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Issue No.03 - July-September (2004 vol.1)
pp: 116-129
ABSTRACT
Homology search is a key tool for understanding the role, structure, and biochemical function of genomic sequences. The most popular technique for rapid homology search is blast, which has been in widespread use within universities, research centers, and commercial enterprises since the early 1990s. In this paper, we propose a new step in the blast algorithm to reduce the computational cost of searching with negligible effect on accuracy. This new step—semigapped alignment—compromises between the efficiency of ungapped alignment and the accuracy of gapped alignment, allowing blast to accurately filter sequences with lower computational cost. In addition, we propose a heuristic—restricted insertion alignment—that avoids unlikely evolutionary paths with the aim of reducing gapped alignment cost with negligible effect on accuracy. Together, after including an optimization of the local alignment recursion, our two techniques more than double the speed of the gapped alignment stages in blast. We conclude that our techniques are an important improvement to the blast algorithm. Source code for the alignment algorithms is available for download at http://www.bsg.rmit.edu.au/iga/.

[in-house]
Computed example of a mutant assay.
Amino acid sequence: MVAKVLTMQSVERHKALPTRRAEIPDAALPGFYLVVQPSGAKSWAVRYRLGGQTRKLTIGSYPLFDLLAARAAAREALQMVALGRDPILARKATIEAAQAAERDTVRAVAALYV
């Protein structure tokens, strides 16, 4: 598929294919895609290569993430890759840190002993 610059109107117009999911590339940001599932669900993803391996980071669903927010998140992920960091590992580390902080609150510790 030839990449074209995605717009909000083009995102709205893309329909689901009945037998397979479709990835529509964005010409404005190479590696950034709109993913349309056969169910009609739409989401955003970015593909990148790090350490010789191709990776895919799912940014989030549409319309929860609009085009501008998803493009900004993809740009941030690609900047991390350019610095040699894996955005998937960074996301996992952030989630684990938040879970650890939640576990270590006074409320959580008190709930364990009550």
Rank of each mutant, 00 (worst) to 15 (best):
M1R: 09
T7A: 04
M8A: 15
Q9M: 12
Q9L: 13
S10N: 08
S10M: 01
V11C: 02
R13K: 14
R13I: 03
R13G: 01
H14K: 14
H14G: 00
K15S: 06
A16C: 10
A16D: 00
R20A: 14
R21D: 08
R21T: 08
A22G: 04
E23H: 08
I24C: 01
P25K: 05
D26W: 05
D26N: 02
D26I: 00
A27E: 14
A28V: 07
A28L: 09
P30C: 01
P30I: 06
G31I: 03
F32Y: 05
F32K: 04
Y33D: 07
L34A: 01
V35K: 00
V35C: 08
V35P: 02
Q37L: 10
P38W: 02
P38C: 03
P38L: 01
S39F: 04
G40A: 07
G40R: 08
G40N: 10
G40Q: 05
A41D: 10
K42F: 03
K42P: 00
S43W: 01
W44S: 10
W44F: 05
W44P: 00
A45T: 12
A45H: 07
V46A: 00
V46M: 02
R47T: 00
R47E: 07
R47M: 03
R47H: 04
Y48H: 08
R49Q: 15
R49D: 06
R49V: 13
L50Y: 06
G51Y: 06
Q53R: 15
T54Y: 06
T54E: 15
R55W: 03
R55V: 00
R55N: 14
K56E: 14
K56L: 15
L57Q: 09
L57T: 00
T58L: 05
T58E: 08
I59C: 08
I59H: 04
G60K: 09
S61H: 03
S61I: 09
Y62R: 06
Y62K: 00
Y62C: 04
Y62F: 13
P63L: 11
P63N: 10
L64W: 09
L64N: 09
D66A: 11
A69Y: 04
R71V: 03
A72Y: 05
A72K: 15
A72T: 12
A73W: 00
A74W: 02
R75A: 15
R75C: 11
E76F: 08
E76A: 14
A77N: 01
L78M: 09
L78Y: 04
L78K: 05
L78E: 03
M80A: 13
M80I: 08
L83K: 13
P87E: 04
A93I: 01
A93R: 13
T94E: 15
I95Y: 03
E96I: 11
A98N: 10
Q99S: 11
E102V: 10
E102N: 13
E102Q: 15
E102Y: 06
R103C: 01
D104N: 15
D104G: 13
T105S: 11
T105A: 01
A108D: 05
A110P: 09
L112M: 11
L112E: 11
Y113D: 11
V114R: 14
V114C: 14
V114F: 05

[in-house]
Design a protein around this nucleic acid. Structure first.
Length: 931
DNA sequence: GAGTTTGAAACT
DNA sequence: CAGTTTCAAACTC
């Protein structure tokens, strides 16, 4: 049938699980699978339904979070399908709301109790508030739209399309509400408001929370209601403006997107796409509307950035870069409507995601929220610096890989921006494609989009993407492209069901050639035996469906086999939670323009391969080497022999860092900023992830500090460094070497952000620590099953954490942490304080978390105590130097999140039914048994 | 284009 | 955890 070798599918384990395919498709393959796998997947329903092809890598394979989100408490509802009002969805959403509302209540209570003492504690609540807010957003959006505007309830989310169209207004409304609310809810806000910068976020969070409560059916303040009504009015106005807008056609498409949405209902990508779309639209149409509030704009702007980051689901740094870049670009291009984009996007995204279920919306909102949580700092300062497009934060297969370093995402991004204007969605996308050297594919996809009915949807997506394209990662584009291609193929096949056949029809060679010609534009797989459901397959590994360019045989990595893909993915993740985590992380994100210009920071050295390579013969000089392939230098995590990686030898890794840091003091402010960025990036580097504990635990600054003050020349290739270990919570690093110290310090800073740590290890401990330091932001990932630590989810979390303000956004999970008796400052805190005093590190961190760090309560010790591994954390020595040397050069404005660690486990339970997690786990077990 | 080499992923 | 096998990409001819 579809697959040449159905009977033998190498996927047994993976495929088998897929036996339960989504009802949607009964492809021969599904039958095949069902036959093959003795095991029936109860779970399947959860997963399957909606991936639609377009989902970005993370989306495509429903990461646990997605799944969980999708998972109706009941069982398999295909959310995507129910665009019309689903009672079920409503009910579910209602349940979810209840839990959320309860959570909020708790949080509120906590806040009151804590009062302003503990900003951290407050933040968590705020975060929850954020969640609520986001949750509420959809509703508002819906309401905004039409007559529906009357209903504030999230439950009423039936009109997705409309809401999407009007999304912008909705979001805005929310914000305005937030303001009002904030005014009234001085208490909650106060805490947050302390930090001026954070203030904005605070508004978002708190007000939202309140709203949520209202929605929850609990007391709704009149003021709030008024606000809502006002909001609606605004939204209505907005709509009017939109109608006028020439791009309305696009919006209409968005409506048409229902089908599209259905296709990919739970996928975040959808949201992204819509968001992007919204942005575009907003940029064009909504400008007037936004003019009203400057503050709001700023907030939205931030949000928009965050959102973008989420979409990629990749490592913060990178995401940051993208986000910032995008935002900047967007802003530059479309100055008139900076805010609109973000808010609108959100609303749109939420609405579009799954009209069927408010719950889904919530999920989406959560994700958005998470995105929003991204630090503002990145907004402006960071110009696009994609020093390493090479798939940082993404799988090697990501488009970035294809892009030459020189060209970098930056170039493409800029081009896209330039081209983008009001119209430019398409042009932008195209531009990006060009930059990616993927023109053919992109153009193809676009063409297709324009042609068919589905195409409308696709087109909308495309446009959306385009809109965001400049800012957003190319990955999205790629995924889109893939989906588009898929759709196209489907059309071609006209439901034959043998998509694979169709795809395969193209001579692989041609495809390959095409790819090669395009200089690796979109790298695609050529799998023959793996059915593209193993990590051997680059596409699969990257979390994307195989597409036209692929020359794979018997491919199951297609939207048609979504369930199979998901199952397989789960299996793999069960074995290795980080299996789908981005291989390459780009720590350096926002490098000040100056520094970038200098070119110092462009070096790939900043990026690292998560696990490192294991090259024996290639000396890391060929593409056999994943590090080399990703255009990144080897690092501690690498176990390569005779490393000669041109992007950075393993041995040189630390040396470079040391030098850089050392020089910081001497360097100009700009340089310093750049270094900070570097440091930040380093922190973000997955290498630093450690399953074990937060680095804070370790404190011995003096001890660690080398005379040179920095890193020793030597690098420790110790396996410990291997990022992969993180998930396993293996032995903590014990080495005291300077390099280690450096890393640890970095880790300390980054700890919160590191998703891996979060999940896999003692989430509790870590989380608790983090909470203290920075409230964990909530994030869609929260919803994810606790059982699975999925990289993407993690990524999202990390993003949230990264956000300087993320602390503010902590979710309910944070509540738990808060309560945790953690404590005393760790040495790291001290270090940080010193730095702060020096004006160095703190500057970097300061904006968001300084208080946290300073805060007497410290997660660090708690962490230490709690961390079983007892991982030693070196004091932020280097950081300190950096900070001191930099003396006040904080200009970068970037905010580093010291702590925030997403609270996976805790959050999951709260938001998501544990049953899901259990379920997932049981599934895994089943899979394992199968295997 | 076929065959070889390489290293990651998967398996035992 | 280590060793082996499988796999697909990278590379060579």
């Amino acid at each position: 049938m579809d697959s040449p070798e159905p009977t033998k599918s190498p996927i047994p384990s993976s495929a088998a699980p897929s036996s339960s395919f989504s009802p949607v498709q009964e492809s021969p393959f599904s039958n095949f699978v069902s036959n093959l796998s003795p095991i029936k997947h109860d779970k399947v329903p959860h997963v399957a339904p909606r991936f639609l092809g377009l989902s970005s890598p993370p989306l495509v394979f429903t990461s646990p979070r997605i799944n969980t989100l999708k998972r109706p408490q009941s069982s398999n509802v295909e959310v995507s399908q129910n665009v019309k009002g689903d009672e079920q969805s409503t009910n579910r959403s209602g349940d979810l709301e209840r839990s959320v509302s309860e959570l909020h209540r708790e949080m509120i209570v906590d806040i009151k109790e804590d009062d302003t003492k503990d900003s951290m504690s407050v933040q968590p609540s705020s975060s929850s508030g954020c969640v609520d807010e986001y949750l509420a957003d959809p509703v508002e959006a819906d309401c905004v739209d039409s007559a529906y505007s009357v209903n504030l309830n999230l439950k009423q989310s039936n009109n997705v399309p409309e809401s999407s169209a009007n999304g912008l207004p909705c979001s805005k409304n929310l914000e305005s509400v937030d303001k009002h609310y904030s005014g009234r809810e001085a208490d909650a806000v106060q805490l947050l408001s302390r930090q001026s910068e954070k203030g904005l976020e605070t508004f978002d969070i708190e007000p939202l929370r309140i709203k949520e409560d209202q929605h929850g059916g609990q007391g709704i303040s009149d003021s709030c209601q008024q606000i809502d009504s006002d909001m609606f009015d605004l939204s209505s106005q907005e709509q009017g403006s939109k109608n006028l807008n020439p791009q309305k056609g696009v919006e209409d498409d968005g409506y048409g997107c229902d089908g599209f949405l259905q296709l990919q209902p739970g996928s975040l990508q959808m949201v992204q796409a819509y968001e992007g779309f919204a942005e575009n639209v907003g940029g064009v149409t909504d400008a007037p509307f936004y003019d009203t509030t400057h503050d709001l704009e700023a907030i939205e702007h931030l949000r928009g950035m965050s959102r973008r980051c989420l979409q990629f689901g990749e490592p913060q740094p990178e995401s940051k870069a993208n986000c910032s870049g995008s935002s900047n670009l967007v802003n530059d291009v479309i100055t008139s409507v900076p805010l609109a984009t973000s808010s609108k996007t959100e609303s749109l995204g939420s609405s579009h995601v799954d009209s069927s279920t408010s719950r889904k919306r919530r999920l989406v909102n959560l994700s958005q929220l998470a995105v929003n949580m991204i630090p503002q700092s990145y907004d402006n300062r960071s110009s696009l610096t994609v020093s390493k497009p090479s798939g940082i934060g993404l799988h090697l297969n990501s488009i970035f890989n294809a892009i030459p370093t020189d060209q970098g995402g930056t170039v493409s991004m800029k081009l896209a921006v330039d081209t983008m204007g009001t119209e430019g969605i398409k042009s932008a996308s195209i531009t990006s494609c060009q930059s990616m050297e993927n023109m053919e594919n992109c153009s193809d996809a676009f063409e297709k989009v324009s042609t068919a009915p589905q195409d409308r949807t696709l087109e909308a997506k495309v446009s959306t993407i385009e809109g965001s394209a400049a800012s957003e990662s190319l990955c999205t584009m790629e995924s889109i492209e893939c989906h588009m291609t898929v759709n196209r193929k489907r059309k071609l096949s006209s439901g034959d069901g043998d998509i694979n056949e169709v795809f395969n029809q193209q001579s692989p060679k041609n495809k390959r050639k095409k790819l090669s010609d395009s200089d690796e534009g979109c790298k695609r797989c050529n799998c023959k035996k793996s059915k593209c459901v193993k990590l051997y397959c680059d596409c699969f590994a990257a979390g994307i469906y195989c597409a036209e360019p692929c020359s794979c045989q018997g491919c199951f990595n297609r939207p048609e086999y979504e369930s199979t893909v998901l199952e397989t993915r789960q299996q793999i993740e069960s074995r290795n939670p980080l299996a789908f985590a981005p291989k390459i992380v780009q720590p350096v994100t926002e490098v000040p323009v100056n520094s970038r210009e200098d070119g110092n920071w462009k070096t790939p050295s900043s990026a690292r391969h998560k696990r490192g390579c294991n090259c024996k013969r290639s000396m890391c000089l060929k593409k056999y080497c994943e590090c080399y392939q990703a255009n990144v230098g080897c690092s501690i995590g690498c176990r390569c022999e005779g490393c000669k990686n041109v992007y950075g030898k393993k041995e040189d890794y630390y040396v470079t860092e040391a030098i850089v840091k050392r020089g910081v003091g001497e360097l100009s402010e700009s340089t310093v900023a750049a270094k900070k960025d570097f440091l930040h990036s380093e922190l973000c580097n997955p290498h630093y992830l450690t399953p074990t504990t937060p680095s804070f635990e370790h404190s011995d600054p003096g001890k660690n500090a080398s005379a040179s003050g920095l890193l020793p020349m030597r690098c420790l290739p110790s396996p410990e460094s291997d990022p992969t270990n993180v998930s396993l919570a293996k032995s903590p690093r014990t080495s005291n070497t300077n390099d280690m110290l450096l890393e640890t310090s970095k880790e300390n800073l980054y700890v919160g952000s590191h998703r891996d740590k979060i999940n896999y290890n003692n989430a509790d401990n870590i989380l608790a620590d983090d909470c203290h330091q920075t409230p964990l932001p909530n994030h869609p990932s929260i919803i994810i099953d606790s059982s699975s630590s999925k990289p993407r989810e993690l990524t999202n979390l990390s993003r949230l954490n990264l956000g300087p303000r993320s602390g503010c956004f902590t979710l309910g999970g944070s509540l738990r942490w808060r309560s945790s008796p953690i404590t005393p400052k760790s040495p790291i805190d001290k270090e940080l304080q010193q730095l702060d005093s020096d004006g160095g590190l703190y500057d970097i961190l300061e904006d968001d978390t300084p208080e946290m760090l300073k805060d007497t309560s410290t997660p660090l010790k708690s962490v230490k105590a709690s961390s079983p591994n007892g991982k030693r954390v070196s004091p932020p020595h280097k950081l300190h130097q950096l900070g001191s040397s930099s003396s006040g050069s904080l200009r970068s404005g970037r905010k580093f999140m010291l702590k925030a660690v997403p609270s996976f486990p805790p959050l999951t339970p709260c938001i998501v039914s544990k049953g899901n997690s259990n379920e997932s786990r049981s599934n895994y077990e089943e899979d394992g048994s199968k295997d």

INDEX TERMS
Sequence alignment, BLAST, dynamic programming, homology search.
CITATION
Michael Cameron, Hugh E. Williams, Adam Cannane, "Improved Gapped Alignment in BLAST", IEEE/ACM Transactions on Computational Biology and Bioinformatics, vol.1, no. 3, pp. 116-129, July-September 2004, doi:10.1109/TCBB.2004.32
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